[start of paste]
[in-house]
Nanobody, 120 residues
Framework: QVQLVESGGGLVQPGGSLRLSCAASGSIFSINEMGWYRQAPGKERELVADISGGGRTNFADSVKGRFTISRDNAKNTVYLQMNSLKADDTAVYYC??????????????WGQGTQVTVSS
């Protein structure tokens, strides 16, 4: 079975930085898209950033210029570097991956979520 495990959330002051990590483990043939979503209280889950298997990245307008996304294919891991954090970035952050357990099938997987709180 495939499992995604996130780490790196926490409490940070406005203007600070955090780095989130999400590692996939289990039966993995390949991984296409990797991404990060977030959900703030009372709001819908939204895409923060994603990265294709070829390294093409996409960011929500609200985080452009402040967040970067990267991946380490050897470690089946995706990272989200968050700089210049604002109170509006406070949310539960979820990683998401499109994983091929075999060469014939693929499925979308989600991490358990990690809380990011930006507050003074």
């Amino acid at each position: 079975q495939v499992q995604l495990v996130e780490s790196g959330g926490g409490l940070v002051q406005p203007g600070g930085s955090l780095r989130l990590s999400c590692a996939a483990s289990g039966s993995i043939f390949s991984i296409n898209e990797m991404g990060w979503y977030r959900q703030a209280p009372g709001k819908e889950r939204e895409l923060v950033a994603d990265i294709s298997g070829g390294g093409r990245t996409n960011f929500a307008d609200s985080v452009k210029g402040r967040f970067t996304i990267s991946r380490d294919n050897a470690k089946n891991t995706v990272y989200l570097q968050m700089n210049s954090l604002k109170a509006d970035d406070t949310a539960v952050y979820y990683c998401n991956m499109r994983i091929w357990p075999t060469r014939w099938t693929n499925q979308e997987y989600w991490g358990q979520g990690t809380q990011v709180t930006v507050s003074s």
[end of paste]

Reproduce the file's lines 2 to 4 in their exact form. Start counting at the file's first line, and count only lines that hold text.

Nanobody, 120 residues
Framework: QVQLVESGGGLVQPGGSLRLSCAASGSIFSINEMGWYRQAPGKERELVADISGGGRTNFADSVKGRFTISRDNAKNTVYLQMNSLKADDTAVYYC??????????????WGQGTQVTVSS
């Protein structure tokens, strides 16, 4: 079975930085898209950033210029570097991956979520 495990959330002051990590483990043939979503209280889950298997990245307008996304294919891991954090970035952050357990099938997987709180 495939499992995604996130780490790196926490409490940070406005203007600070955090780095989130999400590692996939289990039966993995390949991984296409990797991404990060977030959900703030009372709001819908939204895409923060994603990265294709070829390294093409996409960011929500609200985080452009402040967040970067990267991946380490050897470690089946995706990272989200968050700089210049604002109170509006406070949310539960979820990683998401499109994983091929075999060469014939693929499925979308989600991490358990990690809380990011930006507050003074």